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Learning Disabilities/Academic Delay/Cognitive Delay/Attention Deficit Hyperactivity Disorder (ADHD)

Learning Disabilities

The term “learning disability” is commonly used in educational circles to describe a condition in which a student is experiencing difficulty in learning. But what does it really mean? At the Vancouver Learning Centre we understand the complex range of issues involved with this kind of learning difficulty. That is why we have such outstanding success in helping children and youth overcome their problems.

Standardized tests reveal that some students (between 5% and 20%) who are generally intelligent people have difficulty learning in the same way or at the same rate as their peers or classmates. This shows up on standardized subtests when they cannot work as fast or hold as much information in short-term memory as their peers. These problems are cumulative and over time these basic problems produce difficulty in learning words, facts, information or procedures in subjects like English, written expression and math. Gaps in the learning platform appear that prevent successful performance in classroom tasks and tests.

These learning failures or disappointments produce frustration, lower self-esteem and cause acting out or avoidance behaviours that further exacerbate the problem. This brings them to the attention of their teachers, who report these problems to parents.


  Red Flags for Parents of Children and Youth with Learning Disabilities

Children with learning disabilities demonstrate their unhappiness in a variety of ways:

  1. They appear depressed and unhappy at going to school. (Their best subject is recess or P.E. and their best day at school is the last day before summer holidays.)
  2. They act out in class, or act the clown to avoid showing they cannot do the task, or they are restless and cannot sit in their seats. They do not appear able to pay attention or focus for an appropriate time period. They are sometimes diagnosed by teachers or other school personnel as having Attention Deficit Disorder (ADD) or Attention Deficit Hyperactivity Disorder (ADHD). These children are hard to handle in a class of 20 to 30 children and the teacher may request a visit to the doctor with the view to providing medication to solve their problem, or a visit to the school psychologist to confirm this diagnosis. This is a serious issue in that it fails to address the real cause of the problem. Moreover, taking medication to control their behaviour or to help focus attention may lead young people to believe that they need drugs to function effectively in society. This can have life-lasting effects and may lead to other problems as they become adolescents, particularly if they continue to have problems succeeding in school.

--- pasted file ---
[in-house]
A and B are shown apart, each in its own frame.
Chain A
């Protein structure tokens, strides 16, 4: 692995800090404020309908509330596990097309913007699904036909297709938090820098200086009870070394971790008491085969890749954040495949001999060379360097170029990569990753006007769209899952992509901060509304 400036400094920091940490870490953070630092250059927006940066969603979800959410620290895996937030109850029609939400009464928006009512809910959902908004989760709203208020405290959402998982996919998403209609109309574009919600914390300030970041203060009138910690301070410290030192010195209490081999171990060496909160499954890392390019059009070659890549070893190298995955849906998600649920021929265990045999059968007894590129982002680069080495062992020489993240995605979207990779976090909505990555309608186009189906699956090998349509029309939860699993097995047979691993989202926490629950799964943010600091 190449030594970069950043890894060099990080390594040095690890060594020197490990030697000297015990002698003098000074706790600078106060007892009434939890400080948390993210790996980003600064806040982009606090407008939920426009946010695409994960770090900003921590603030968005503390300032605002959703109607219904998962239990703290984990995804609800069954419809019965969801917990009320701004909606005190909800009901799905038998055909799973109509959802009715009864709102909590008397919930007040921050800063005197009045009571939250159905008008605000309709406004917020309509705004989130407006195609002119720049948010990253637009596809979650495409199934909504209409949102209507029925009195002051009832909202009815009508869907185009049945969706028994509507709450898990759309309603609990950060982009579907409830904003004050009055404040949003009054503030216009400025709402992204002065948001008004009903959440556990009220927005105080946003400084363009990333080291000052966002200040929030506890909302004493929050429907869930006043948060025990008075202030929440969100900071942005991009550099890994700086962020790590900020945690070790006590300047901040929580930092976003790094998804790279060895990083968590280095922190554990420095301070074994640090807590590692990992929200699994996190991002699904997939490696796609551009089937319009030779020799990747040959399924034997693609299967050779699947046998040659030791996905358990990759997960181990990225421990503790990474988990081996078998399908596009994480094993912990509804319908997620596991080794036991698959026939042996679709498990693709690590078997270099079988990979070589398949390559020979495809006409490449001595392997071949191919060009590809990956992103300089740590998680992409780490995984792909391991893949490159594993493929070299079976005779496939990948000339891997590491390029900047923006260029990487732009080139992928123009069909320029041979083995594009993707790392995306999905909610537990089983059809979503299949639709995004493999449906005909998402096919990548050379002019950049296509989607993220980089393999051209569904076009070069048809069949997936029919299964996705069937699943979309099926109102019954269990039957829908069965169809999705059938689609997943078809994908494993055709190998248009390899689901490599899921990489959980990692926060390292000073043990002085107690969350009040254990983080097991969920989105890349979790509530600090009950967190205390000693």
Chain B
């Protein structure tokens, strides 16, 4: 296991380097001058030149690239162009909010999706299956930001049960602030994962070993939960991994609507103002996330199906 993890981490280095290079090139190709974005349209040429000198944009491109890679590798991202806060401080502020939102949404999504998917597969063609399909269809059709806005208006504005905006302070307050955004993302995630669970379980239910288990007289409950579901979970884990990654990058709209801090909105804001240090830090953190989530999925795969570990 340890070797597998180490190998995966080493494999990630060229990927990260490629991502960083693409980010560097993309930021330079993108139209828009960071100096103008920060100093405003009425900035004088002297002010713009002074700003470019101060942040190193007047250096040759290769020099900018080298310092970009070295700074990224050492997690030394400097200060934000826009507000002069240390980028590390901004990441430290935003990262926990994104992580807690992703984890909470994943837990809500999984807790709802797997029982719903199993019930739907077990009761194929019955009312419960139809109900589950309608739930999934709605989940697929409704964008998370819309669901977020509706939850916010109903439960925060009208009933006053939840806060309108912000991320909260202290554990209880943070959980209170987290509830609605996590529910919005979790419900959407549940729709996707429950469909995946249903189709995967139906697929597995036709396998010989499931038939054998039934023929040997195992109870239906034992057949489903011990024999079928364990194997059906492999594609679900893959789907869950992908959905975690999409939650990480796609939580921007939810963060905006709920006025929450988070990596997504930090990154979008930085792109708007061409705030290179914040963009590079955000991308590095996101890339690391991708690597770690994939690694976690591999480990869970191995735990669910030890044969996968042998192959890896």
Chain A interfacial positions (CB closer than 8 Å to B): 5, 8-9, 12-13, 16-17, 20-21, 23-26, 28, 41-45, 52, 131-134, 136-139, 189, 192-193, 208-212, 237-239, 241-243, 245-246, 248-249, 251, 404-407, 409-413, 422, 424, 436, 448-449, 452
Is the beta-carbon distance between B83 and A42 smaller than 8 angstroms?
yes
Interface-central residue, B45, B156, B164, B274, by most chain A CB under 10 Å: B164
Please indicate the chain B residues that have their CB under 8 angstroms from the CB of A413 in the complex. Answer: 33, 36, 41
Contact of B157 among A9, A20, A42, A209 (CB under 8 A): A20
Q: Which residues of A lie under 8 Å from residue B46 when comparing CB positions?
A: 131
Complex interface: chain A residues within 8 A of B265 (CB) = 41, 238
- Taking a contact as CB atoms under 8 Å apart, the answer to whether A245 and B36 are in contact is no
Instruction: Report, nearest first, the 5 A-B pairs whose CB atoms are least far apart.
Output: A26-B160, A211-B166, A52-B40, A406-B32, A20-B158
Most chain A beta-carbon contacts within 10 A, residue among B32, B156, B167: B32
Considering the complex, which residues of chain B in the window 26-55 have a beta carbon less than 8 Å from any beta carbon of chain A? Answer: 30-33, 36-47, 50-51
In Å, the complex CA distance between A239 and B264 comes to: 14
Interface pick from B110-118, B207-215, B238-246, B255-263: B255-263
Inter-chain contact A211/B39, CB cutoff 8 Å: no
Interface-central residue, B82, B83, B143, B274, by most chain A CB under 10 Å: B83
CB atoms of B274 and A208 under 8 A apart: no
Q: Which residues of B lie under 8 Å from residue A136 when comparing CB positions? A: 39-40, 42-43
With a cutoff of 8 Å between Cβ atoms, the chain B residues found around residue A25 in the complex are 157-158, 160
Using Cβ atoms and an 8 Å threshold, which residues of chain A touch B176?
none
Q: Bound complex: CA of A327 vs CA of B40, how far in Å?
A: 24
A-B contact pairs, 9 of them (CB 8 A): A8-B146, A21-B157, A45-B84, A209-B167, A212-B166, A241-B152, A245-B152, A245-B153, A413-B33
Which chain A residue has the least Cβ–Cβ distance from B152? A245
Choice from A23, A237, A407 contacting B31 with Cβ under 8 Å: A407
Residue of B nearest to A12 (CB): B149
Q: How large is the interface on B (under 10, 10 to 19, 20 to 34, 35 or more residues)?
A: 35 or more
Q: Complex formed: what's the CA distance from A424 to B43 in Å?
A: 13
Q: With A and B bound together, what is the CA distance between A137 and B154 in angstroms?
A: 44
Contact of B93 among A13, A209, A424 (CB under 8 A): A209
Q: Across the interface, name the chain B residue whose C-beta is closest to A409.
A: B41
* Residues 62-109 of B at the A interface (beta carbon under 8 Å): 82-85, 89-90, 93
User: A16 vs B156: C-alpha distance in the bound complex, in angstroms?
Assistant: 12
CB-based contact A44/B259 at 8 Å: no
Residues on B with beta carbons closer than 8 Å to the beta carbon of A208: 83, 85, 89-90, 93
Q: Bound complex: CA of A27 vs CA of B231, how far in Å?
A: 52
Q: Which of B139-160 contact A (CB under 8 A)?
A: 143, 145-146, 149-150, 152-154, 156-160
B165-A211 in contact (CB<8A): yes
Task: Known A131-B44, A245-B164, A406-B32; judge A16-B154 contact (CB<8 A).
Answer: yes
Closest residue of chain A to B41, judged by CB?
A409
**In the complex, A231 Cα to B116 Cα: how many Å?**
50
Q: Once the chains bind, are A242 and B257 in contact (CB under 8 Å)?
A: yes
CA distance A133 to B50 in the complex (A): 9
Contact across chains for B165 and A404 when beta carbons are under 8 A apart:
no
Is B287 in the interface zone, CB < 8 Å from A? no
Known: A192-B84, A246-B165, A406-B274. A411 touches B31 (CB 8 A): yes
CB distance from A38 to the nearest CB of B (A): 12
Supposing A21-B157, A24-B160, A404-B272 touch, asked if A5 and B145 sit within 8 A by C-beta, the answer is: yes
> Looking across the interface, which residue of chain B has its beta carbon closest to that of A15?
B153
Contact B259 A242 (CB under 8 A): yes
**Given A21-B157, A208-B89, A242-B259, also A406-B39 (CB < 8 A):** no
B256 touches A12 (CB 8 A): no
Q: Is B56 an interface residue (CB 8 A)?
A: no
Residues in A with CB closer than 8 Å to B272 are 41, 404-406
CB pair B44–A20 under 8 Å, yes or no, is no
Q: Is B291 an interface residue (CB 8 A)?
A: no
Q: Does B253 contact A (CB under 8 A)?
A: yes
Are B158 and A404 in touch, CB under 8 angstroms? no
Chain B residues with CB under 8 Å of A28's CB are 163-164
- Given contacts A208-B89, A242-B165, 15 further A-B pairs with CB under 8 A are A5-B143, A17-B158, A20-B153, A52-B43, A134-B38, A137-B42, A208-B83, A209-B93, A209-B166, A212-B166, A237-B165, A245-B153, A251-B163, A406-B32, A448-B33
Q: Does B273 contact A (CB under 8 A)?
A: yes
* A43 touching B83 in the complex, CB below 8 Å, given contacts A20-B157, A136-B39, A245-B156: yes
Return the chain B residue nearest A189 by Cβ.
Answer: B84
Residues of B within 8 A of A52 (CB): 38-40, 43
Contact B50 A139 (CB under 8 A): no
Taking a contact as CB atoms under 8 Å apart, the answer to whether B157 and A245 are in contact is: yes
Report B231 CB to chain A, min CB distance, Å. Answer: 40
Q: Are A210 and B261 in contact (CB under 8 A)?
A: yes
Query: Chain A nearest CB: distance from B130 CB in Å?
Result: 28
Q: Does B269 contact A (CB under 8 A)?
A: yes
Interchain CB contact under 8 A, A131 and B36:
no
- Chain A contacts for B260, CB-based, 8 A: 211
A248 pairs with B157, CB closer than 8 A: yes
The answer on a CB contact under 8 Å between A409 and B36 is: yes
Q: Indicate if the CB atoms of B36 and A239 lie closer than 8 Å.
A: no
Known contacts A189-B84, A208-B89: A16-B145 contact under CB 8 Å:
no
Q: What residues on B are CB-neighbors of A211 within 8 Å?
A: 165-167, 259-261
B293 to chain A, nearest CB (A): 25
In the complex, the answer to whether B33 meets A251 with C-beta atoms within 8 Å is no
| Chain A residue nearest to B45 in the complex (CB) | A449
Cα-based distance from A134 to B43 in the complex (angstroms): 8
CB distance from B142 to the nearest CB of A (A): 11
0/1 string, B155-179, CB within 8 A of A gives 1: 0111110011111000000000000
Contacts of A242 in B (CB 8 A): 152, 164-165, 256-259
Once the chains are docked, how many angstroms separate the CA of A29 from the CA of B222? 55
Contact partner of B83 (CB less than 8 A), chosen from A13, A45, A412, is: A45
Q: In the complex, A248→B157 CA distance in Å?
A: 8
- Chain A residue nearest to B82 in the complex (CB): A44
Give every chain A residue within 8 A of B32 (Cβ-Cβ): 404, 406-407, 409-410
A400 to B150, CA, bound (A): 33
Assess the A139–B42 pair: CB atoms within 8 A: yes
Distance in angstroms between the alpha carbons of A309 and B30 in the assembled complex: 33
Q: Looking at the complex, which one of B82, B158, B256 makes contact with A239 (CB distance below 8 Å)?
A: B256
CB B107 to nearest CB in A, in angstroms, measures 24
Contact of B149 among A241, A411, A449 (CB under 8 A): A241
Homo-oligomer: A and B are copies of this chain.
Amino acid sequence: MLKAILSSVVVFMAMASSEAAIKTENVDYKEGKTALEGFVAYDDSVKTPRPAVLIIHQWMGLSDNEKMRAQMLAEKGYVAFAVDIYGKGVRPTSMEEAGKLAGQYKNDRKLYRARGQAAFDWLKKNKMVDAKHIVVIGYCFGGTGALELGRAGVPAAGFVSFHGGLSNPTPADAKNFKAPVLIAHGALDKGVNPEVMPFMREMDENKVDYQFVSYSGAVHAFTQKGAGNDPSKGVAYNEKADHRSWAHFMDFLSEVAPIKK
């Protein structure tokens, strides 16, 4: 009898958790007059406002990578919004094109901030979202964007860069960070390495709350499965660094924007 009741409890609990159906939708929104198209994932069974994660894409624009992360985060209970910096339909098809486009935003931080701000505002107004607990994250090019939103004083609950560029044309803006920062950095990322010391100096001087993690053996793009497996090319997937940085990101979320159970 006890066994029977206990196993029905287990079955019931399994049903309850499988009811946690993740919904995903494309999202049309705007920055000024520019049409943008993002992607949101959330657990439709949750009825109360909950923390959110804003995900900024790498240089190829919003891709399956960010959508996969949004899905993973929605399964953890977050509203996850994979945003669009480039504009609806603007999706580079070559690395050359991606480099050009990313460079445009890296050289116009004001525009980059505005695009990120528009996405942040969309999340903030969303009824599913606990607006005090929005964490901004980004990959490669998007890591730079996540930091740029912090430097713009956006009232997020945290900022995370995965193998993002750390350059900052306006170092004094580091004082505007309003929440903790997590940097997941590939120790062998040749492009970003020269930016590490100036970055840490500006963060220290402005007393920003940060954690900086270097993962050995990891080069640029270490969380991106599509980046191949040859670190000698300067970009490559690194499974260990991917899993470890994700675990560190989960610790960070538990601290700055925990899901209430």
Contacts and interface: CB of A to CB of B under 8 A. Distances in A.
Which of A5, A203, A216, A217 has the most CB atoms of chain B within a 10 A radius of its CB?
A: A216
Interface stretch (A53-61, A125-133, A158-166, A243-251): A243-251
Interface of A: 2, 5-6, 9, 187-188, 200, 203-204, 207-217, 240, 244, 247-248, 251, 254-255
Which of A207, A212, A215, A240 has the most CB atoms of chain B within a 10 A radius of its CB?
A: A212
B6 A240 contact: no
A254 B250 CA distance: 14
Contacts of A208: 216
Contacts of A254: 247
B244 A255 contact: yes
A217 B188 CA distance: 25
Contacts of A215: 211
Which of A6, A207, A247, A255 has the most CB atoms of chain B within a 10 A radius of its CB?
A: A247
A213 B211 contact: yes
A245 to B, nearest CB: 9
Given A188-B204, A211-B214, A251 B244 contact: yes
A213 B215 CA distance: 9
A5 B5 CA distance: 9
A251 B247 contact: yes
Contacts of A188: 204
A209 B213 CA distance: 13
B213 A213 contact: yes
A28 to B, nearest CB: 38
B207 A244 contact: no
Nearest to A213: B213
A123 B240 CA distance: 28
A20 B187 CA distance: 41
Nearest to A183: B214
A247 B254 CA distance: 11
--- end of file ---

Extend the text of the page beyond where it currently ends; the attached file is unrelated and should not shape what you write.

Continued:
3. They are challenged by the tasks of learning to read (decode) and understand what they have read (comprehension), to spell, to write, to compose their thoughts in written format (written expression) and to calculate (math).

    Because children with learning disabilities are different learners who are normal in all respects, parents are generally not alerted to the problem until the child begins school. Further, boys outnumber girls about four to one. Since boys are also slower to mature, conform and settle down to the classroom situation, teachers may not alert parents until they see the child having difficulty learning to read, to write, or to focus.

    Sometimes, the teachers assure the parents that the issue is developmental, that the child will outgrow it or that their system of Learning Assistance will handle it. While this is sometimes the case, such students are losing precious learning time when their sense of how intelligent they are is forming. They are disadvantaged when they fall behind their peers and they are at risk for low self-esteem.

    Addressing the issue with a proper diagnosis as early as possible will produce the best outcome for the child, especially if this is followed by a proactive strategy to address the delays in acquiring skills.

    It is interesting to note that parents who would react immediately if their child needed medical interventions, even simple antibiotics, will allow difficulties in learning and the emotional consequences to go unattended, sometimes for years. It cannot be overemphasized that the problems that arise from learning disabilities can and should be addressed as early as possible, especially if a child is not learning to read at a grade appropriate level by the end of Grade 1.

    At the Vancouver Learning Centre, children can be tested by the time they are 3 years old for early intervention. However, we also specialize in teaching children of 5 years and older the basic tools of learning to read with understanding, calculate, spell and write

    But what if children do not appear to have problems until they are older?

    Some children manage to keep up with their peers and appear at least average until Grades 4 or 5. They have managed to learn to read (to decode) and to spell and write. Often these children have difficulty with math but their other skills and their general intelligence mask their learning difficulties.